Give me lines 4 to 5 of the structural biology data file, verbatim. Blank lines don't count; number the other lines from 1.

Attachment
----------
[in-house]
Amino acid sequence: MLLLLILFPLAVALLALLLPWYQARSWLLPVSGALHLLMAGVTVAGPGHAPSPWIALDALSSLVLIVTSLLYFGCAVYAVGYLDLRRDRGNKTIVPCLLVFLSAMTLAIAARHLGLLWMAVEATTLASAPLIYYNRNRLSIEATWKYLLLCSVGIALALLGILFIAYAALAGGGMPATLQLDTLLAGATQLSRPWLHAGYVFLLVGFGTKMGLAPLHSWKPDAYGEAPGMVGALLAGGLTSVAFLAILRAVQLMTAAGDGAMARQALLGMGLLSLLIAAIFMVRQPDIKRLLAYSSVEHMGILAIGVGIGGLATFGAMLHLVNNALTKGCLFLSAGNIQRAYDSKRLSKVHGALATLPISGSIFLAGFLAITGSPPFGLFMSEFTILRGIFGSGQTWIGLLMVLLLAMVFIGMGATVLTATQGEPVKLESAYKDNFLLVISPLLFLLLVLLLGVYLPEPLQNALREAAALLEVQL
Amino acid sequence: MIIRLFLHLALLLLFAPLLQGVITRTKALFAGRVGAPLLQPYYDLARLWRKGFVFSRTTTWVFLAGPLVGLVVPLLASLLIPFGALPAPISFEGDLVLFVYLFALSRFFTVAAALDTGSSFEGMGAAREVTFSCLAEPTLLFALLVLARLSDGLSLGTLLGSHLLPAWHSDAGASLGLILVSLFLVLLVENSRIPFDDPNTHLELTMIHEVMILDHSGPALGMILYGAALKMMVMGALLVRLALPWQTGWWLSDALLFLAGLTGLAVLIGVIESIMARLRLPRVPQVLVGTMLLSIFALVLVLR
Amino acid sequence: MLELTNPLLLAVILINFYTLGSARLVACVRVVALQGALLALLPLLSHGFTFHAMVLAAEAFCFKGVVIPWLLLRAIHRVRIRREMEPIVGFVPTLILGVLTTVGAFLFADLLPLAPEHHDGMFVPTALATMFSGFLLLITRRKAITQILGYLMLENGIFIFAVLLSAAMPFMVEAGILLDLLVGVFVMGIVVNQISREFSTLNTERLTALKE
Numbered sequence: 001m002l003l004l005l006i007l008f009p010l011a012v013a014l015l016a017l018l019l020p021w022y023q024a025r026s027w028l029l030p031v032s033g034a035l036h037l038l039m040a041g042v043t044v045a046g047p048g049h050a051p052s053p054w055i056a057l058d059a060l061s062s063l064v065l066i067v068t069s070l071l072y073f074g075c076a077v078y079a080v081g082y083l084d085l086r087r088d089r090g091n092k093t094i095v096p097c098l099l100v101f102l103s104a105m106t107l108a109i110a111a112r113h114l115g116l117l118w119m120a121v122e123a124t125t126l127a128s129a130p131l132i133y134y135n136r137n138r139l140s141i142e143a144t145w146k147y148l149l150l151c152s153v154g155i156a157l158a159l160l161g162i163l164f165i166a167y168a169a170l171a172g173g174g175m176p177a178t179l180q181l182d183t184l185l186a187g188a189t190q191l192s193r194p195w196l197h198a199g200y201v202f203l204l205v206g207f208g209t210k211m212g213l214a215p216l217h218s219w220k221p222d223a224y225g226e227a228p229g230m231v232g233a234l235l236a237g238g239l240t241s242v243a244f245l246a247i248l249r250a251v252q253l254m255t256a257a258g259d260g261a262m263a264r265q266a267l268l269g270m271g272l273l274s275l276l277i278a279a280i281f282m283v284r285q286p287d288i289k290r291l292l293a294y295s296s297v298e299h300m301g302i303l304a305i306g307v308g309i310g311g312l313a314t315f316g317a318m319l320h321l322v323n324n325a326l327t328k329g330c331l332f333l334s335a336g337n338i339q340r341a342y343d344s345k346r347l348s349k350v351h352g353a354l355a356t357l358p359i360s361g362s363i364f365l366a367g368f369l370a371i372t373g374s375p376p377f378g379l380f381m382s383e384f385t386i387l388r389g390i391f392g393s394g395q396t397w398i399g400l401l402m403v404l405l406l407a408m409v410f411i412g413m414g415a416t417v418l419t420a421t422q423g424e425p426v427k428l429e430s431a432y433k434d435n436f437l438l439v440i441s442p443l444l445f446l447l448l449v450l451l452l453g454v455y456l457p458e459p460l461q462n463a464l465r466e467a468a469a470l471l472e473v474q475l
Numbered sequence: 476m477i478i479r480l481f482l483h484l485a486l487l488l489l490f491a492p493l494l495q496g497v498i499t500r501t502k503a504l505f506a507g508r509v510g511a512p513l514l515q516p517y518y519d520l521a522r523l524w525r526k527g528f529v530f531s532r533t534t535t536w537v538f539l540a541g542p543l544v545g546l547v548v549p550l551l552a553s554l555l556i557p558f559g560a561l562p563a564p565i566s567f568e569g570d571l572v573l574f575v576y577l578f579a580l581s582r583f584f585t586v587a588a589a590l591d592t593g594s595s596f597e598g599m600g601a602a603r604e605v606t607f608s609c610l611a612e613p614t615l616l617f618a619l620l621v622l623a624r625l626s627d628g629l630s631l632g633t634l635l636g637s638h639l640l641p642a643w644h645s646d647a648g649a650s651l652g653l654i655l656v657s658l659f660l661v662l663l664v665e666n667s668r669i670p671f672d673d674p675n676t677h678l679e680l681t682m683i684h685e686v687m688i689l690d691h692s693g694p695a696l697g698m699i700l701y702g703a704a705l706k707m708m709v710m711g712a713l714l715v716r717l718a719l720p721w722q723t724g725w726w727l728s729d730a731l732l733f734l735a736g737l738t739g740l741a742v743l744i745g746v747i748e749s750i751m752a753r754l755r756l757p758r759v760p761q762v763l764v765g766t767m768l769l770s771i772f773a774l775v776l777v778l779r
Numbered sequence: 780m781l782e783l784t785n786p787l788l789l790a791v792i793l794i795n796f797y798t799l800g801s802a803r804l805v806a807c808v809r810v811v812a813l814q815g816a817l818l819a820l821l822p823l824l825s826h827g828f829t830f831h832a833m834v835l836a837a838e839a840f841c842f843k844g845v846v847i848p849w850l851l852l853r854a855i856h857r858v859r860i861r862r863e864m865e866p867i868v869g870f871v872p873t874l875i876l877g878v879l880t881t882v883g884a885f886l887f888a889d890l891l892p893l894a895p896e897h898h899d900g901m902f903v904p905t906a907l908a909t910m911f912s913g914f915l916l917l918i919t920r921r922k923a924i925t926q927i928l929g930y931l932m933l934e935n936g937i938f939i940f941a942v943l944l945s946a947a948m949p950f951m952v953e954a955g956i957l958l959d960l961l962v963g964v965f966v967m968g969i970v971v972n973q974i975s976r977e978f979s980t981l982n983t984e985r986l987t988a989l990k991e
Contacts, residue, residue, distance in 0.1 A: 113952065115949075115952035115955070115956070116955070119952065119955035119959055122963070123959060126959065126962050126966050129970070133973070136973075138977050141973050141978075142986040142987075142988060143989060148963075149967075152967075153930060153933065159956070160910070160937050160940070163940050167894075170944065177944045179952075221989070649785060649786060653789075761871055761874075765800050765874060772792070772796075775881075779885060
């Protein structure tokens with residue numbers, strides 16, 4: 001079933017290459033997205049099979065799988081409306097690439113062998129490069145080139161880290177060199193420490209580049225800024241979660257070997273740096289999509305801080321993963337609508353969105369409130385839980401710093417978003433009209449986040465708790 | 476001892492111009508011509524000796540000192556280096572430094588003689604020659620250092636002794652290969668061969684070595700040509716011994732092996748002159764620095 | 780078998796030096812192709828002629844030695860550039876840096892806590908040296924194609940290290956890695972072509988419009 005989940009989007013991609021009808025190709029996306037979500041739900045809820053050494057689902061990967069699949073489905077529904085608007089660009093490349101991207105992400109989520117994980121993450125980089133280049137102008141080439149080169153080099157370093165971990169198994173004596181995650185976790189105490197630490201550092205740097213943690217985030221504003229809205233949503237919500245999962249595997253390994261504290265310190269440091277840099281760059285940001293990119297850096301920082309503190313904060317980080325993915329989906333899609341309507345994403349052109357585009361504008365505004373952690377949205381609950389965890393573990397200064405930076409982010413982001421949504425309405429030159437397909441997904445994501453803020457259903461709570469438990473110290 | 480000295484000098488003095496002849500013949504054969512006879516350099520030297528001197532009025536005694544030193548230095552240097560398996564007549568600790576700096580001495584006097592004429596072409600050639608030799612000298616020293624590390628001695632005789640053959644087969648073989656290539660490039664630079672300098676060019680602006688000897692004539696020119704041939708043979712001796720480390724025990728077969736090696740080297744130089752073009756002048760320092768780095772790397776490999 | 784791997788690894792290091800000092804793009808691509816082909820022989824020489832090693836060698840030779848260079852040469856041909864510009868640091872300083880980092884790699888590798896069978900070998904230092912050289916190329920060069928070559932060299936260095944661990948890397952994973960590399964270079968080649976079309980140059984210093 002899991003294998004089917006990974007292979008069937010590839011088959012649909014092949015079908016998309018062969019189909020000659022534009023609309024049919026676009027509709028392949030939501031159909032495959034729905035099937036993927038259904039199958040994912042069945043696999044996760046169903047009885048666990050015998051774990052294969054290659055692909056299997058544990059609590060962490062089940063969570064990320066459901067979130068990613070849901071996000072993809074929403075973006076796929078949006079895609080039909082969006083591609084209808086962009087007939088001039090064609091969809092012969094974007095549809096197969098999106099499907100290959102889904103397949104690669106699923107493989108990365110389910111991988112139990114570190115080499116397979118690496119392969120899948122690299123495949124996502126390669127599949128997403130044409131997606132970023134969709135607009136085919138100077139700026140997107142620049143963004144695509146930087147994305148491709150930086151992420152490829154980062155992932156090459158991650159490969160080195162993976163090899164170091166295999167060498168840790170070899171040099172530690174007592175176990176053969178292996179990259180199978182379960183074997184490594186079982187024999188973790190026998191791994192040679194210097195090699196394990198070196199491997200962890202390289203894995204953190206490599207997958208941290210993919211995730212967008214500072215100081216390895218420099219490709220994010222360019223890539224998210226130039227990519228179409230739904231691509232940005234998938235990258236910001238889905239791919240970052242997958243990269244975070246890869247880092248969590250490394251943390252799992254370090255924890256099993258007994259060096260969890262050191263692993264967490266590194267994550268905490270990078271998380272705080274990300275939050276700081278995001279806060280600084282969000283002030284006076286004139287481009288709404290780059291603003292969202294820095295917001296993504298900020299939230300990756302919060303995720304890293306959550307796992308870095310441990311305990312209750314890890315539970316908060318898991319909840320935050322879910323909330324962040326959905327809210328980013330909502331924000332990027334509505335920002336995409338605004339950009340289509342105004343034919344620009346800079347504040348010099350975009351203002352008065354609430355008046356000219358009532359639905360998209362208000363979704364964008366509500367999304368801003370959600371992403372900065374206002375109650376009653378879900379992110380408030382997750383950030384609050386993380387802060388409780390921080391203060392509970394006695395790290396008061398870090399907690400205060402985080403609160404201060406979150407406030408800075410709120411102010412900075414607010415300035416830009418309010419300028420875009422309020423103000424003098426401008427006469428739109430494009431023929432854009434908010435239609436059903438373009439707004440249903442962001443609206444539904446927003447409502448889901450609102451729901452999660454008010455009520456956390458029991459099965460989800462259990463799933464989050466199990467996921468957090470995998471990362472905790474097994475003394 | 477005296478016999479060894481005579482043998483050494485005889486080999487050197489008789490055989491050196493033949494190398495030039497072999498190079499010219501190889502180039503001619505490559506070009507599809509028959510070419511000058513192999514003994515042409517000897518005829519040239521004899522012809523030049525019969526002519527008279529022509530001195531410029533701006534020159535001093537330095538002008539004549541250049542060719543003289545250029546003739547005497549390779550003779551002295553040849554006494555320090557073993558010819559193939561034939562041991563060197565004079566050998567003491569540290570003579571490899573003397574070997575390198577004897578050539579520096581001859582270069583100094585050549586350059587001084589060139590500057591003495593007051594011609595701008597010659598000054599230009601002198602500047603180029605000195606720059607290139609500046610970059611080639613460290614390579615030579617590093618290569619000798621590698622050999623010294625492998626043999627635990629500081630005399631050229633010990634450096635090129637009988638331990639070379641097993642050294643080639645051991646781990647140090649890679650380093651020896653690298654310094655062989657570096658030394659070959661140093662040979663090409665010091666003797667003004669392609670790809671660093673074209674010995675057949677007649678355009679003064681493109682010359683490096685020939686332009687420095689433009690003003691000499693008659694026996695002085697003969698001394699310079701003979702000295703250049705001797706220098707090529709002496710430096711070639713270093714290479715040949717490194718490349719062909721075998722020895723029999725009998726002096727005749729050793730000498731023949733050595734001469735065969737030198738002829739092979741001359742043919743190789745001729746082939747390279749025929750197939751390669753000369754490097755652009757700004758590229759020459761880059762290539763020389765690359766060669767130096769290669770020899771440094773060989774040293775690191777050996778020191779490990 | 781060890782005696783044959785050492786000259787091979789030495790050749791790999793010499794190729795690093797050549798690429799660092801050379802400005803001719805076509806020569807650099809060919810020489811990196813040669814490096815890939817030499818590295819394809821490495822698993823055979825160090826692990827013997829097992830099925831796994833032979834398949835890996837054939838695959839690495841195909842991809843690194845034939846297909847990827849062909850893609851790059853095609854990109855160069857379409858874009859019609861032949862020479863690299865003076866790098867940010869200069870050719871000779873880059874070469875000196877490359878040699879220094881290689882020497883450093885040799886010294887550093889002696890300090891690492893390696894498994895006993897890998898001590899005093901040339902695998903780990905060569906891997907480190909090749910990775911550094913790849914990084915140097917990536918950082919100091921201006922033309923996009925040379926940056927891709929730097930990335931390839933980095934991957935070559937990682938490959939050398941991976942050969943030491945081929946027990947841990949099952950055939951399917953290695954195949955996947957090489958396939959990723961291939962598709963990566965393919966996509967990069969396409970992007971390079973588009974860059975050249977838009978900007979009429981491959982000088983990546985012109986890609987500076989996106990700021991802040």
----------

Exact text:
Amino acid sequence: MLELTNPLLLAVILINFYTLGSARLVACVRVVALQGALLALLPLLSHGFTFHAMVLAAEAFCFKGVVIPWLLLRAIHRVRIRREMEPIVGFVPTLILGVLTTVGAFLFADLLPLAPEHHDGMFVPTALATMFSGFLLLITRRKAITQILGYLMLENGIFIFAVLLSAAMPFMVEAGILLDLLVGVFVMGIVVNQISREFSTLNTERLTALKE
Numbered sequence: 001m002l003l004l005l006i007l008f009p010l011a012v013a014l015l016a017l018l019l020p021w022y023q024a025r026s027w028l029l030p031v032s033g034a035l036h037l038l039m040a041g042v043t044v045a046g047p048g049h050a051p052s053p054w055i056a057l058d059a060l061s062s063l064v065l066i067v068t069s070l071l072y073f074g075c076a077v078y079a080v081g082y083l084d085l086r087r088d089r090g091n092k093t094i095v096p097c098l099l100v101f102l103s104a105m106t107l108a109i110a111a112r113h114l115g116l117l118w119m120a121v122e123a124t125t126l127a128s129a130p131l132i133y134y135n136r137n138r139l140s141i142e143a144t145w146k147y148l149l150l151c152s153v154g155i156a157l158a159l160l161g162i163l164f165i166a167y168a169a170l171a172g173g174g175m176p177a178t179l180q181l182d183t184l185l186a187g188a189t190q191l192s193r194p195w196l197h198a199g200y201v202f203l204l205v206g207f208g209t210k211m212g213l214a215p216l217h218s219w220k221p222d223a224y225g226e227a228p229g230m231v232g233a234l235l236a237g238g239l240t241s242v243a244f245l246a247i248l249r250a251v252q253l254m255t256a257a258g259d260g261a262m263a264r265q266a267l268l269g270m271g272l273l274s275l276l277i278a279a280i281f282m283v284r285q286p287d288i289k290r291l292l293a294y295s296s297v298e299h300m301g302i303l304a305i306g307v308g309i310g311g312l313a314t315f316g317a318m319l320h321l322v323n324n325a326l327t328k329g330c331l332f333l334s335a336g337n338i339q340r341a342y343d344s345k346r347l348s349k350v351h352g353a354l355a356t357l358p359i360s361g362s363i364f365l366a367g368f369l370a371i372t373g374s375p376p377f378g379l380f381m382s383e384f385t386i387l388r389g390i391f392g393s394g395q396t397w398i399g400l401l402m403v404l405l406l407a408m409v410f411i412g413m414g415a416t417v418l419t420a421t422q423g424e425p426v427k428l429e430s431a432y433k434d435n436f437l438l439v440i441s442p443l444l445f446l447l448l449v450l451l452l453g454v455y456l457p458e459p460l461q462n463a464l465r466e467a468a469a470l471l472e473v474q475l